September 05, 2014
What's your earliest memory of making art?
Painting the walls of my dad’s house when I was six-ish, like painting PICTURES all over. I could go back earlier but I think this was really the defining moment for me realizing, “You can do anything you ever wanted to." He had white stone walls in the basement where he bought me craft paint and cheap brushes, laid out a tarp and said, "Okay, now GO," and I remembered all the cartoons and realities that specifically said, "DANGER. NOT ALLOWED". But he assured me it was fine and man, I really tore that wall up. It also helped me to establish friendship at that age, since I was super shy. I could bring a neighbor kid over and we would just do our thing down there. He had me do my bedroom door, too-- a big crude looking butterfly that’s still there, signed and dated, with a funny little black oops-mark hanging off the wing. I remember asking to buy white so we could fix it, and he said, “Hell no, just keep rolling with it. You’ll look back on that in 50 years and think its the best thing.” And it really is. I always show it off whenever I ever stop by with a friend.
Did you take a lot of art classes in high school?
I took an art class every year in high school but didn’t get serious until my junior year, when I took Berea's (Now Berea-Midpark High) Visual FX and Design class. I was apprehensive because there were big haunted house animatronics, electric chairs, and monsters in the shop, which weren’t really my thing. That class, though, and Mr. Byz, opened me up entirely in terms of pushing my imagination and learning that people do value the art of young people, and that young people can make more professional work than professionals. It closed the gap and made us feel like we could get any job or be on any show we wanted. My senior year I spent three or four hours a day working on my art. I was known for tracking clay and being covered in latex.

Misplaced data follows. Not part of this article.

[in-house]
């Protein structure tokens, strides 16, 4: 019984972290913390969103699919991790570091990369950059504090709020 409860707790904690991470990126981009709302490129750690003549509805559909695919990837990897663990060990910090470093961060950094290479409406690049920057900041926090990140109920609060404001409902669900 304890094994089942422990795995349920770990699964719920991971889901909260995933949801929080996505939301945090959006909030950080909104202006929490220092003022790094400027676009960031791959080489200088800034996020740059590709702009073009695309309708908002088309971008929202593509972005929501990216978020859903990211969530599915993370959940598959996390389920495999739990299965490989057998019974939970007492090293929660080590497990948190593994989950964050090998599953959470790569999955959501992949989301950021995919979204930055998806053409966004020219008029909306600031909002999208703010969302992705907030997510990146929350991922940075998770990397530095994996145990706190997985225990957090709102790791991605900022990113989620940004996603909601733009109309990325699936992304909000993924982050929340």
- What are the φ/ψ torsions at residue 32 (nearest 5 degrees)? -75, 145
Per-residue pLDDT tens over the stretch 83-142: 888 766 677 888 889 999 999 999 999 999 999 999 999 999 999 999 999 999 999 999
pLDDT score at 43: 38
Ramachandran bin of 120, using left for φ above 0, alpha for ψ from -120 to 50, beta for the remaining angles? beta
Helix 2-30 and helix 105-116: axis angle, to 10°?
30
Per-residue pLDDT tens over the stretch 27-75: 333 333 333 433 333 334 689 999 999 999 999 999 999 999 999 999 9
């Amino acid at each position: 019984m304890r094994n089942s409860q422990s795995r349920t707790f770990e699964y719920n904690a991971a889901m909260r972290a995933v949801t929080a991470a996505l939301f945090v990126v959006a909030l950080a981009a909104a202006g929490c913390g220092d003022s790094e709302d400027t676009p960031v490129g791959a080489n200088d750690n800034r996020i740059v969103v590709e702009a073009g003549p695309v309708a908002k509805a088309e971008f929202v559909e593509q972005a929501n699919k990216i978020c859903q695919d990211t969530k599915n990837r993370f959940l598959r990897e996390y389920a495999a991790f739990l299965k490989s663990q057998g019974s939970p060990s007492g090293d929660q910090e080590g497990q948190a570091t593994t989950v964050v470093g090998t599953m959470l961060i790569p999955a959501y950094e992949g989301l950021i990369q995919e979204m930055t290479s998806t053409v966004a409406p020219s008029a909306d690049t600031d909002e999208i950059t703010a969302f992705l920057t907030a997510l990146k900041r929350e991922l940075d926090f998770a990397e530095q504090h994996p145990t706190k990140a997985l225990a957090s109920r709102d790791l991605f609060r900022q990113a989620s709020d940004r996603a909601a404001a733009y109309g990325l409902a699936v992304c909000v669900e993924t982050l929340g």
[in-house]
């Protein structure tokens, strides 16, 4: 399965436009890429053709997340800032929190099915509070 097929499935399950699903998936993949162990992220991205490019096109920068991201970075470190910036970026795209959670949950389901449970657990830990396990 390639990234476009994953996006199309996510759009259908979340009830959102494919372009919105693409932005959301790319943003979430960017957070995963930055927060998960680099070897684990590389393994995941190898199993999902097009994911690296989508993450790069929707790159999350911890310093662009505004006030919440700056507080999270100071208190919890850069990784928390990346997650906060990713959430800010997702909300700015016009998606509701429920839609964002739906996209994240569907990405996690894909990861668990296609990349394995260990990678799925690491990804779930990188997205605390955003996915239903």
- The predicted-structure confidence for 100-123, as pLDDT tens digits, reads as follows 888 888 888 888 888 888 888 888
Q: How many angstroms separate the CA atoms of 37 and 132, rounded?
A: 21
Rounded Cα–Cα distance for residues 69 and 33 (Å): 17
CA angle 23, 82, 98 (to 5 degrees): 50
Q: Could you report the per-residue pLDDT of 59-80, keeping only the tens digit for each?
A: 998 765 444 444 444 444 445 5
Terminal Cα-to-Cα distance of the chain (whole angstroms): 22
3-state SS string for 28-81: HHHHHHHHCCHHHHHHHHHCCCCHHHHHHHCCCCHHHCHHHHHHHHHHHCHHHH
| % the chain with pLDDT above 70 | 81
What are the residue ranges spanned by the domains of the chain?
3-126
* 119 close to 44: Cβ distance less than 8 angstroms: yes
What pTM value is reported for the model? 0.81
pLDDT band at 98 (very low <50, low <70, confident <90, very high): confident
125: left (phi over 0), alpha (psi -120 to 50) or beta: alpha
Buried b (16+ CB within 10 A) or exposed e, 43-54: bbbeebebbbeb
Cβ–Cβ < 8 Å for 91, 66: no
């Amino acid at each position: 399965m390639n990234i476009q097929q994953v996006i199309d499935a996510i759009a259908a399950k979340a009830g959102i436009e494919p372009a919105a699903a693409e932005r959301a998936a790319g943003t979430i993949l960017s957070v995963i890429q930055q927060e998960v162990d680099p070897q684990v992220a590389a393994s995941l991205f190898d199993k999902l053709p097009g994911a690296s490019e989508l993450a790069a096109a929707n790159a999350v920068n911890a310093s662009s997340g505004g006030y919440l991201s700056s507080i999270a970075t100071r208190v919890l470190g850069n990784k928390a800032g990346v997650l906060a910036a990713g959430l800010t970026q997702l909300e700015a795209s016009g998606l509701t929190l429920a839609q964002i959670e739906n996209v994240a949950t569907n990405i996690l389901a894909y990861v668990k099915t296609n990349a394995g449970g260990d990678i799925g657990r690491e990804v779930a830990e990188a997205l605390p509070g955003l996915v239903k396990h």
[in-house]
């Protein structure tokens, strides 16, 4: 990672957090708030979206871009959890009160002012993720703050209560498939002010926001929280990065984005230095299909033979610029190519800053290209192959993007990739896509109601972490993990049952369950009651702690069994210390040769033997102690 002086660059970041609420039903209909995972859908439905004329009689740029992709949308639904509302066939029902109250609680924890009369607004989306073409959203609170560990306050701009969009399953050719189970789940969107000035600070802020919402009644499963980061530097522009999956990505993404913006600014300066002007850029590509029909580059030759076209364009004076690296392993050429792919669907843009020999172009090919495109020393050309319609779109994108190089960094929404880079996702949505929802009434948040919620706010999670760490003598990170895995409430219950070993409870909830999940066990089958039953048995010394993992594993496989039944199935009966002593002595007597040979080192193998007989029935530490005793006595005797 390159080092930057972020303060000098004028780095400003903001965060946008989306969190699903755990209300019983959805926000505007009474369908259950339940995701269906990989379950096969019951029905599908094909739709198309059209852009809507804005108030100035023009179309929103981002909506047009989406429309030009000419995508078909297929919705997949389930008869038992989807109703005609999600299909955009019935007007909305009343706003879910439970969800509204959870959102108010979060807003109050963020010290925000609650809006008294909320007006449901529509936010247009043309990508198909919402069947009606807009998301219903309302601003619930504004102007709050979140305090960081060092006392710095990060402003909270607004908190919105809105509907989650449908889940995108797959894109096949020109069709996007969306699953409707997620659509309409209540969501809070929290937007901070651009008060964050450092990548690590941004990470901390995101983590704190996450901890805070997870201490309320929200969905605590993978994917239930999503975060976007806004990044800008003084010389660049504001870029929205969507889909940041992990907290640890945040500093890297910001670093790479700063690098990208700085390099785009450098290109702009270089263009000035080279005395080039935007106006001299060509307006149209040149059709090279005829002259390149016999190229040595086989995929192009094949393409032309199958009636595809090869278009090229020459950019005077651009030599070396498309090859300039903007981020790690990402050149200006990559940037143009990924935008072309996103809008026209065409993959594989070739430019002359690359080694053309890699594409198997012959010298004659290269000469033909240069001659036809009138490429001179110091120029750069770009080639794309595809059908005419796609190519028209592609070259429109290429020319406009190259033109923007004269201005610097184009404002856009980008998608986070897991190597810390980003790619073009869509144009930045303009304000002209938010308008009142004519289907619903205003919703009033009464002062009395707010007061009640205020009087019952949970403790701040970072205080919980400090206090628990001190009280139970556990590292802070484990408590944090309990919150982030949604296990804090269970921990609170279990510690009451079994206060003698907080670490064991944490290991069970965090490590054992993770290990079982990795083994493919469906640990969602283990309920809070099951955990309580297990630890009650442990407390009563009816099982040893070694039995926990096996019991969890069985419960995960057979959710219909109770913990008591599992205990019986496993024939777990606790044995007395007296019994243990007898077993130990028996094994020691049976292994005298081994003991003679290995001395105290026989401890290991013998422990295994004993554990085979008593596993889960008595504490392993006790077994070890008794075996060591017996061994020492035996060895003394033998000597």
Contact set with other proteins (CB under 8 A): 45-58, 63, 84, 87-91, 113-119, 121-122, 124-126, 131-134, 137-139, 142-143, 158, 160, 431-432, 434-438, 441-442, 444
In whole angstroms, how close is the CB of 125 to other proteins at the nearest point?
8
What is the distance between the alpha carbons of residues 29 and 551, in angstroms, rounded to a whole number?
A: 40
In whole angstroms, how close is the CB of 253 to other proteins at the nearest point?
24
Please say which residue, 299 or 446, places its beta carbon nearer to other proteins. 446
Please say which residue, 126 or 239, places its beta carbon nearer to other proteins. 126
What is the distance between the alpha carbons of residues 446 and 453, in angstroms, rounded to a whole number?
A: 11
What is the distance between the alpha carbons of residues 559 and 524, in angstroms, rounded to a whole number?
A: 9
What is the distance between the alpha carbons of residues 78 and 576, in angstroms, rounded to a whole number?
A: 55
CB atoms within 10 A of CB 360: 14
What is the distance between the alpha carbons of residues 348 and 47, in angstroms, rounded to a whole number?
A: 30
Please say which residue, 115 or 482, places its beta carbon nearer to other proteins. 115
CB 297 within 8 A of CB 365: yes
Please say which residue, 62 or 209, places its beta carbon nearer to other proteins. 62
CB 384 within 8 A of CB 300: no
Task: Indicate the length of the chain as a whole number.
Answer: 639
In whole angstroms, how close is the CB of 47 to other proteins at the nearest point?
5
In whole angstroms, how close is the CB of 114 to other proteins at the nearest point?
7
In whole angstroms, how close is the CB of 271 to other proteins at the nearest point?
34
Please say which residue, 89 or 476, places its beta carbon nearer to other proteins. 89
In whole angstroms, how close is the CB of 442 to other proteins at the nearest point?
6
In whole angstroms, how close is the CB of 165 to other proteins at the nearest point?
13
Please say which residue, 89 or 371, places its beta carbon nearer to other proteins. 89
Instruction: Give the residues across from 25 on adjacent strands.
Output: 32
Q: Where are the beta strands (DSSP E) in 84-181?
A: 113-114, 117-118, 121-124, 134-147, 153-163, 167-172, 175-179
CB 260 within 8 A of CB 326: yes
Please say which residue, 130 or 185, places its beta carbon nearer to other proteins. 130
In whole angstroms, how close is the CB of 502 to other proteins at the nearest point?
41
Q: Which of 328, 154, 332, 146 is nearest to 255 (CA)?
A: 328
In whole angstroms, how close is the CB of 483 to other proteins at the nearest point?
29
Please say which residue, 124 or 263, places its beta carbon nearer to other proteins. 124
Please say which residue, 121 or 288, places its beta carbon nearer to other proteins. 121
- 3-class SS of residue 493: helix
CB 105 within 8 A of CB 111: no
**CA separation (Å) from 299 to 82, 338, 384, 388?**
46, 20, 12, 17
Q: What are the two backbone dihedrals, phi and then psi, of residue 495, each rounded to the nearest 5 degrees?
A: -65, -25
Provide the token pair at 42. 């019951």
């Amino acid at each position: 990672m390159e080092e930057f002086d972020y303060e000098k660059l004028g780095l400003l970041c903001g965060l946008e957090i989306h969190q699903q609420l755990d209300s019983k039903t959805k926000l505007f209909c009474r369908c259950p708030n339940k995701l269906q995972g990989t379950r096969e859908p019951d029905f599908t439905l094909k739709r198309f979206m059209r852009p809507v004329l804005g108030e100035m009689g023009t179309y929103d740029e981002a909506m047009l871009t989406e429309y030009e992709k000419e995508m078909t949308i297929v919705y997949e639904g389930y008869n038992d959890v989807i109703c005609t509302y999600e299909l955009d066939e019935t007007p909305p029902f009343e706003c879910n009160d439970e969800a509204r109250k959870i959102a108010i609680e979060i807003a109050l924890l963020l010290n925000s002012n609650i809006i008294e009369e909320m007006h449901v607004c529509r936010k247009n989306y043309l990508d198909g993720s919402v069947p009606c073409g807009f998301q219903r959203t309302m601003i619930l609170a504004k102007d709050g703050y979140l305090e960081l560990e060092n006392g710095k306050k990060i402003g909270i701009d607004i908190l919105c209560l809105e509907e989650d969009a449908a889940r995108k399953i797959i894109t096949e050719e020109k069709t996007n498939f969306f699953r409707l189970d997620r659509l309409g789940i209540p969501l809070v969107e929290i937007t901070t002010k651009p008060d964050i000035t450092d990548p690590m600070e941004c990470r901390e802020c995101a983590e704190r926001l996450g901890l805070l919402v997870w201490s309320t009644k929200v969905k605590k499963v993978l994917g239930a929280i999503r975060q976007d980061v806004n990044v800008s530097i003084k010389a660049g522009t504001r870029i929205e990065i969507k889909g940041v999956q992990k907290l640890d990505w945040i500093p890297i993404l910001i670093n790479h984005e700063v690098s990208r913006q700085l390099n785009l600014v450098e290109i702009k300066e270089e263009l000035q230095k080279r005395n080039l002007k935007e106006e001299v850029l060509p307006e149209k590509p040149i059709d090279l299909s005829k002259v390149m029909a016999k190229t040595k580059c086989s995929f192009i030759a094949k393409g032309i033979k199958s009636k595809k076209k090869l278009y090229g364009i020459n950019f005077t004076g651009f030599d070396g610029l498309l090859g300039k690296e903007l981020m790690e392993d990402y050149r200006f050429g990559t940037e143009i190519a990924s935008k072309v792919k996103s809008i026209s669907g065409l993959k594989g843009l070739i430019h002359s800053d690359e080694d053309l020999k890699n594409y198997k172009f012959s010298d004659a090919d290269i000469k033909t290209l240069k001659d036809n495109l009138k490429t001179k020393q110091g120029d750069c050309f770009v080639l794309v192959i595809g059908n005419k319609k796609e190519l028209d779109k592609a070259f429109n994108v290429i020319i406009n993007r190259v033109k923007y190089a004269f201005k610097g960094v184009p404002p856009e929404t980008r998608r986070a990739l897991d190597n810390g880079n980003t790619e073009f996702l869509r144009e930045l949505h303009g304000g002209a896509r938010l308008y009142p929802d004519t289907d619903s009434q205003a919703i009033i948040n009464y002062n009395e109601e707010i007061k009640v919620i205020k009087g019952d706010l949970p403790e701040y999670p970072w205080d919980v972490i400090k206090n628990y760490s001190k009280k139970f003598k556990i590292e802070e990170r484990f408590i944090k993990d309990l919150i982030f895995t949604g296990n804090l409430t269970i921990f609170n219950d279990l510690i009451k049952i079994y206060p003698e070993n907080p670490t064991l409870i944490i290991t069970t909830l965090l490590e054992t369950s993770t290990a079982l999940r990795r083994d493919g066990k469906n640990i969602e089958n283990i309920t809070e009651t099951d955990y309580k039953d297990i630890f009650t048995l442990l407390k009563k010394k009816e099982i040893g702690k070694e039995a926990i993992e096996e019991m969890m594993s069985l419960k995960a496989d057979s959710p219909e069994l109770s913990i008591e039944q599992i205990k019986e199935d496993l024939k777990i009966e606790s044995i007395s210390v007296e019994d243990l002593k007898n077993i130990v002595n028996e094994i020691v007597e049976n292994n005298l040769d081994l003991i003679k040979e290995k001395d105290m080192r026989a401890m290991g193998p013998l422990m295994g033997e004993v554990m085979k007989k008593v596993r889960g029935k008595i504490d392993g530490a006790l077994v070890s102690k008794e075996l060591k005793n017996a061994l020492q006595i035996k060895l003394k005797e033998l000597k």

Why did you choose to attend an art + design school?
In high school, I wasn’t interested in making art 'my life' at the time. Then, one day I saw my art teacher painting at his desk something in a similar format as a watercolor painting I had recently done, and I asked why. He told me that he was inspired by what I had done and that he was 'replying' to my work. My French teacher also wrote a beautiful poem in response to one of my paintings, both of which I still have. That was huge for me and put me on an entirely different level with them. It was no longer a student-teacher relationship, but rather a conversation between artists, musicians, and writers. That's when I knew I could do it.
What made you choose CIA?
I wanted to go out of state but I didn’t want to experience 'dorm life', which I thought would be really mediated, and I was really independent.
What made you choose your major?
I came into CIA wanting to sculpt, but I ended up finding the idea of the fine arts too 'concept driven' for me. I was interested in working with - and for - other people. I chose Illustration, and although I sometimes think that I’m an Illustration misfit, I think I bring something to the table: Charisma.